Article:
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Written by H. Kwesi Prempeh.
As with most things in Ghana in these democratic times, reaction to the decision of the NPP to contest the result and other aspects of the December 2012 elections in court is split along party lines: most NDC loyalists and sympathisers find the decision objectionable and unnecessary, while NPP loyalists and sympathisers generally support it. This partisan divide on the question of the utility of “going to court” is not new; it is only the latest manifestation of a difference in preference and attitude between the two parties about the courts that has been around, from at least the early days of the Fourth Republic and, arguably, dates back to the beginning of party politics in our country.
Since the formal restoration of multiparty democracy in Ghana in January 1993, the NPP, when it had been in Opposition, has gone to court several times to challenge various acts or omissions of the ruling Government or President or agency of the State. Cases like NPP v. GBC and the many NPP v. Attorney-General that populate the pages of our Supreme Court Reports attest to the frequent use of litigation by the NPP. Many of these cases, brought before the Supreme Court by the NPP, have led to landmark decisions and outcomes that have helped to advance the cause of democracy and freedom in Ghana.
In sharp contrast to the NPP, the NDC, as a party, has shown far less interest in the courts of law. During its time in opposition, the NDC generally avoided the courts, even when it had a grievance that is couched in legal or constitutional verbiage. Thus, very little constitutional law has been made at the initiative of the NDC. Rather than use the courts of law, the NDC has done much of its legal politics in the street and court of public opinion, using its vast network of media mouthpieces (Radio Gold and the so-called “rented press”) alluded to by former Attorney General Martin Amidu, as well as through street protests by party fronts like the now-inactive Committee for Joint Action. In fact, not only has the NDC generally avoided going to court (except as prosecutor when in power), it has often taken a confrontational and antagonistic posture towards the judiciary, including occasionally accusing the judicial leadership and individual judges of bias and sometimes sending its foot-soldiers to besiege the court houses, especially when there are politically important public trials taking place there.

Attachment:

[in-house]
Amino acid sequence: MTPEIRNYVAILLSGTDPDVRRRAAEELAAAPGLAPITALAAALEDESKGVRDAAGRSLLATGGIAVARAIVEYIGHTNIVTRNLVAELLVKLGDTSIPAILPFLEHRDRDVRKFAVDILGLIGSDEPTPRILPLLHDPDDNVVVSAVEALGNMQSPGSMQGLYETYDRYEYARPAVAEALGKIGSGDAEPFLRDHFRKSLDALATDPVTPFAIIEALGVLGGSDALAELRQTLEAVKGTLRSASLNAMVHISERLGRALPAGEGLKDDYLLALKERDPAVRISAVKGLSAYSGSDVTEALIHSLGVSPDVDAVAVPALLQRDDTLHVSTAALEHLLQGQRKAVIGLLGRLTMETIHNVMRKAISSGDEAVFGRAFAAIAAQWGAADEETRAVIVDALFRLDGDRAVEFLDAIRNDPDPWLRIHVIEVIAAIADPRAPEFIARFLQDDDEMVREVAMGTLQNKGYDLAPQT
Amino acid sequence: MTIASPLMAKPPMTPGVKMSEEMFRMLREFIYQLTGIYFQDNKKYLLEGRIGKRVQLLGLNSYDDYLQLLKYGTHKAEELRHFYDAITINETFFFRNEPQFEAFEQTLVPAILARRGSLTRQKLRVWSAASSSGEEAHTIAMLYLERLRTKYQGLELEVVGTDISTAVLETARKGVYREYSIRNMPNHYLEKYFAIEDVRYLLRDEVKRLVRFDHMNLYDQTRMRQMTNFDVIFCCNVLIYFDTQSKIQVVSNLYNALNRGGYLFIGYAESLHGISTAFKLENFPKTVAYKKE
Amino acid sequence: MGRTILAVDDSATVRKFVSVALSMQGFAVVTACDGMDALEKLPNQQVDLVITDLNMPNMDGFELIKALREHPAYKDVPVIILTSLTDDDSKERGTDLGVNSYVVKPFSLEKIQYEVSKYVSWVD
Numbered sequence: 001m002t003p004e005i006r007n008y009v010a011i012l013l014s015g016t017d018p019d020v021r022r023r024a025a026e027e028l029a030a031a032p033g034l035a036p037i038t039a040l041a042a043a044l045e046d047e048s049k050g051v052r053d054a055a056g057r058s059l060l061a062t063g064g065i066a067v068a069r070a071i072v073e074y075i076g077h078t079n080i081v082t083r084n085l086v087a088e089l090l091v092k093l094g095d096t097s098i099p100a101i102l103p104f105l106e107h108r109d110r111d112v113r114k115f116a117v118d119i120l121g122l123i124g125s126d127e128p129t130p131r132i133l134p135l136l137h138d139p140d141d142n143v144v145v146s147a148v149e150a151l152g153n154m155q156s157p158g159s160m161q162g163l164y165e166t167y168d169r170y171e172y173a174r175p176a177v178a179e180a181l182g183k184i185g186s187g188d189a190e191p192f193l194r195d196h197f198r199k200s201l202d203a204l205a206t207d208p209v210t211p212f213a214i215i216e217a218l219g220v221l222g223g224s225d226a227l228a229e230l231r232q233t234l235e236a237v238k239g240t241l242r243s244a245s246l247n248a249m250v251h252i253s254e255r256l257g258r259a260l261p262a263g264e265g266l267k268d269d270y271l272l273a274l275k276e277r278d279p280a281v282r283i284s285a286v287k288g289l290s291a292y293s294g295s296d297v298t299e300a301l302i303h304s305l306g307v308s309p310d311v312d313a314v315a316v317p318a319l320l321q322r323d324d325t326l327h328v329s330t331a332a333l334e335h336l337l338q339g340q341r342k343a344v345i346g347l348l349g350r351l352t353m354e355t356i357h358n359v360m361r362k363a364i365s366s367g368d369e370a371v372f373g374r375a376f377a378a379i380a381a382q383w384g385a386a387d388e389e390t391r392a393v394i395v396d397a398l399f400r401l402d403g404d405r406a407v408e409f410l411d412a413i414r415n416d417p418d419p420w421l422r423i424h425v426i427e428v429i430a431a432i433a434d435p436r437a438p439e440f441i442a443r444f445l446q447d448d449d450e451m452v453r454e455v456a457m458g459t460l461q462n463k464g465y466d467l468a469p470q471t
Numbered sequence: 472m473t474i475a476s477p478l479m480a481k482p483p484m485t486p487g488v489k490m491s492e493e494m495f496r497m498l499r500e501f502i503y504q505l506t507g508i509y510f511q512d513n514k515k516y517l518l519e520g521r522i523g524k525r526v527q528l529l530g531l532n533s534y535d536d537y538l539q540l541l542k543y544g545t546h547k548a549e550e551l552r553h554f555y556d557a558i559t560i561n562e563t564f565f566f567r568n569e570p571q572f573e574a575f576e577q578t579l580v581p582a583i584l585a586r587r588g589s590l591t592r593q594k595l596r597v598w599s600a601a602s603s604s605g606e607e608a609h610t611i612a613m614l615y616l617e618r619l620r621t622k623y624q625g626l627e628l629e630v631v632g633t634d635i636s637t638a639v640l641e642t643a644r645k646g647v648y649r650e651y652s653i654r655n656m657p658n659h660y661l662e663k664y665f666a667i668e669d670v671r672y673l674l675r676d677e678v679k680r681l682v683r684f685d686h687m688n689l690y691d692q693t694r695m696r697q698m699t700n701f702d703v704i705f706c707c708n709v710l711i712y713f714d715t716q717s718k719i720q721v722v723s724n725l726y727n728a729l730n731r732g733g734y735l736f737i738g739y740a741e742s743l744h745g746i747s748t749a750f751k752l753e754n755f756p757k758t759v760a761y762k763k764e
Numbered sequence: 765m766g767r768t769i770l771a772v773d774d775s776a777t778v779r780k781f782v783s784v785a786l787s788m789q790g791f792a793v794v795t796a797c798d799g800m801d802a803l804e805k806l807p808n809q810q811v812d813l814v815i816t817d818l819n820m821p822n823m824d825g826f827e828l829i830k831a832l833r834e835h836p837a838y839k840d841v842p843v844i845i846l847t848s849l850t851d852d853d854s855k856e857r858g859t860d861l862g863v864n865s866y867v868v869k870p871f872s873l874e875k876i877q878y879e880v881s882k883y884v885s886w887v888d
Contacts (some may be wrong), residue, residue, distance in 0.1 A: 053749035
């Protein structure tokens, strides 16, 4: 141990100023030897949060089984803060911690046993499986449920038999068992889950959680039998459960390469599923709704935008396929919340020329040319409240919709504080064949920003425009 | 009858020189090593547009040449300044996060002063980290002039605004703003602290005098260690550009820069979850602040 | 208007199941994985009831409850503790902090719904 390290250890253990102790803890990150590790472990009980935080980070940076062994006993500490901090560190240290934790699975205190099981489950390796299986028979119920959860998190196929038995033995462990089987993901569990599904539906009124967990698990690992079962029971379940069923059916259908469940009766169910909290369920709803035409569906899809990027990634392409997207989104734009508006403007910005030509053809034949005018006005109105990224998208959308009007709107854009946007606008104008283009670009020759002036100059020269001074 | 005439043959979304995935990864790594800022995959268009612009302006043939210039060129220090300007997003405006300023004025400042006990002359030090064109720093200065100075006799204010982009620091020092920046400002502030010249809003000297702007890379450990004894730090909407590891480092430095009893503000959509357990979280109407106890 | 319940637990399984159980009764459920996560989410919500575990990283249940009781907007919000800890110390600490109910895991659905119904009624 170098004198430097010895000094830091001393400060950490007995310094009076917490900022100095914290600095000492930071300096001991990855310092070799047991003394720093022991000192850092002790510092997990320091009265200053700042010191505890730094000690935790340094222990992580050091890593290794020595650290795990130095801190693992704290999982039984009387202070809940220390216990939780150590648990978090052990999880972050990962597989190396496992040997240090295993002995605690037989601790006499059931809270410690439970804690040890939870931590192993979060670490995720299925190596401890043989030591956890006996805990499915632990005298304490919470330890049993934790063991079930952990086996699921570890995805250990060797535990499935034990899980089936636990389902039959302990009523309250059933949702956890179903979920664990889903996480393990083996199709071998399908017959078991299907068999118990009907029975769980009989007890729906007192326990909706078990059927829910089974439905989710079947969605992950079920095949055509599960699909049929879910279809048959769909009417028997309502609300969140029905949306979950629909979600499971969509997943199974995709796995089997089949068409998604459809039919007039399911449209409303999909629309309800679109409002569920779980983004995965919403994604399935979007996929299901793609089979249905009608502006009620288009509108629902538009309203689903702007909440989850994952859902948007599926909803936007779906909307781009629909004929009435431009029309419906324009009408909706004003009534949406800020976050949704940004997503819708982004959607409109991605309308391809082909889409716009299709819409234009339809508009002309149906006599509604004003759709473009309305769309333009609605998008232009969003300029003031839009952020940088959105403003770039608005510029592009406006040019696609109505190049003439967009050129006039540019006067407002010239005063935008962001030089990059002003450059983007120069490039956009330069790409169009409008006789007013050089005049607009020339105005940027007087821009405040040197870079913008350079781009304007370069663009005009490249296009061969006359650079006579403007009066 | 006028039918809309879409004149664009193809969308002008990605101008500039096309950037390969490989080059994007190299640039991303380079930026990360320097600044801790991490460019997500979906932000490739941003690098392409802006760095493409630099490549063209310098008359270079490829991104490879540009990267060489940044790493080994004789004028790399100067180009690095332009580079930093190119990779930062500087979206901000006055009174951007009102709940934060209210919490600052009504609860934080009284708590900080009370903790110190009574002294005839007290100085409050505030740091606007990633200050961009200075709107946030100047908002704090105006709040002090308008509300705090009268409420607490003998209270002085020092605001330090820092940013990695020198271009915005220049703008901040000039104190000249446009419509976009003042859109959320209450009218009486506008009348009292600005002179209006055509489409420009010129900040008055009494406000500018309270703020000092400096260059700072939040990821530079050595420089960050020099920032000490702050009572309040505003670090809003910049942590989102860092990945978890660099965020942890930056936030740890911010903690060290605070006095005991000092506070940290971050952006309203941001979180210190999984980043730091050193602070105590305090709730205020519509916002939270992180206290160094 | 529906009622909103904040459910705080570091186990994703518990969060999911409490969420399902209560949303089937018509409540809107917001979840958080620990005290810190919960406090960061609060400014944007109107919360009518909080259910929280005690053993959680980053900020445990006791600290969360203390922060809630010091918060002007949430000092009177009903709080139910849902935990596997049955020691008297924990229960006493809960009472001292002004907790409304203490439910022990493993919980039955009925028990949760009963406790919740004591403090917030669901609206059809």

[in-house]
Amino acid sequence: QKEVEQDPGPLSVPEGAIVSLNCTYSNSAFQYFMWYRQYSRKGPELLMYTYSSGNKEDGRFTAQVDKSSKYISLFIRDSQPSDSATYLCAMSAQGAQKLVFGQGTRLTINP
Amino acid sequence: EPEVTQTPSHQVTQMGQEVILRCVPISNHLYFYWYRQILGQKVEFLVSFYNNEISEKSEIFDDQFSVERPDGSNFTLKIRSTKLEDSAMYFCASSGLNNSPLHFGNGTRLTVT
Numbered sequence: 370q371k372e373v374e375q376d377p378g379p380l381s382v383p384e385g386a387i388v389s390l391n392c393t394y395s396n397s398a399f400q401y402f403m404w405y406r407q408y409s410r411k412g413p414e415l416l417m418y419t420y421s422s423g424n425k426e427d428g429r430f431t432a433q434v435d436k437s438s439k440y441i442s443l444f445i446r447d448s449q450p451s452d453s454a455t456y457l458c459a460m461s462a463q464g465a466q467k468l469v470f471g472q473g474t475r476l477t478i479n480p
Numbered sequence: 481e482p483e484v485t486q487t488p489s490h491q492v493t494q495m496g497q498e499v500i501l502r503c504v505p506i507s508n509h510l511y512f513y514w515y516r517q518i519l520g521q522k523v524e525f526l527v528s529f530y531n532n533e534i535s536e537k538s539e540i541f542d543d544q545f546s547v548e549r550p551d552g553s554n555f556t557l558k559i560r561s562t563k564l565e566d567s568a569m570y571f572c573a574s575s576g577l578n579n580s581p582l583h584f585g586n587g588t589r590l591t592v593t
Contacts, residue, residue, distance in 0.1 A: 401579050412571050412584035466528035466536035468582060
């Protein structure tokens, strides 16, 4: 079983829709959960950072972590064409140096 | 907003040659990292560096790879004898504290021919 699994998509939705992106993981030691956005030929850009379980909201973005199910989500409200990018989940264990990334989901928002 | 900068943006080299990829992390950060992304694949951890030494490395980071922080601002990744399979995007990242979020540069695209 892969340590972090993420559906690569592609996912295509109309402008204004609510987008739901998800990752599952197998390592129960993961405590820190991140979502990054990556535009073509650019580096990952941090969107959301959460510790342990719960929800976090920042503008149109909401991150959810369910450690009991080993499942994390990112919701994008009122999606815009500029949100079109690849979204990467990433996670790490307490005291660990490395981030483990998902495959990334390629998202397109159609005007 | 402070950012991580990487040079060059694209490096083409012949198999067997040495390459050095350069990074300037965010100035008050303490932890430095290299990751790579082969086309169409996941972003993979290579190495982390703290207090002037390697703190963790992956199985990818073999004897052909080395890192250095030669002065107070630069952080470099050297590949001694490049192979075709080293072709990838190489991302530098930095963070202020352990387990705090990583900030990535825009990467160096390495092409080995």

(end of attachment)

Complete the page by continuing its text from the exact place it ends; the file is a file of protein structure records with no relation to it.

It should be fair to say that, between the court of law and the court of public opinion/street, the NDC has consistently exhibited an ideological preference for the latter, while its rival, the NPP, has tended to place its bets with the former. In consequence, the NDC has mastered the use of the street and the court of public opinion (propaganda), while the NPP feels more sure-footed in the court room and is generally less adept at playing politics in the other court.
None of this is accidental. The genealogy of the two parties offers some interesting insight and explanation. The NDC is the lineal descendant of the PNDC, which came to power through the coup d’etat of December 31, 1982. Over time, the NDC has also come to draw significant support from many loyalists and admirers of the 1950s/1960s CPP and Nkrumah. Both these regimes, the PNDC and the CPP, viewed the courts with deep skepticism, seeing courts as a reactionary institution and judges as elitist. Naturally, neither regime had much use for the courts, except where the regime could use them to support and accomplish its political goals. Both regimes, too, had dramatic clashes with the judiciary, including, the firing of the Chief Justice and a number of judges by Nkrumah and the establishment and use by the PNDC of its own “people’s tribunals” as opposed to the courts as well as the targeted abduction and execution, during the PNDC, of certain High Court judges by regime foot-soldiers.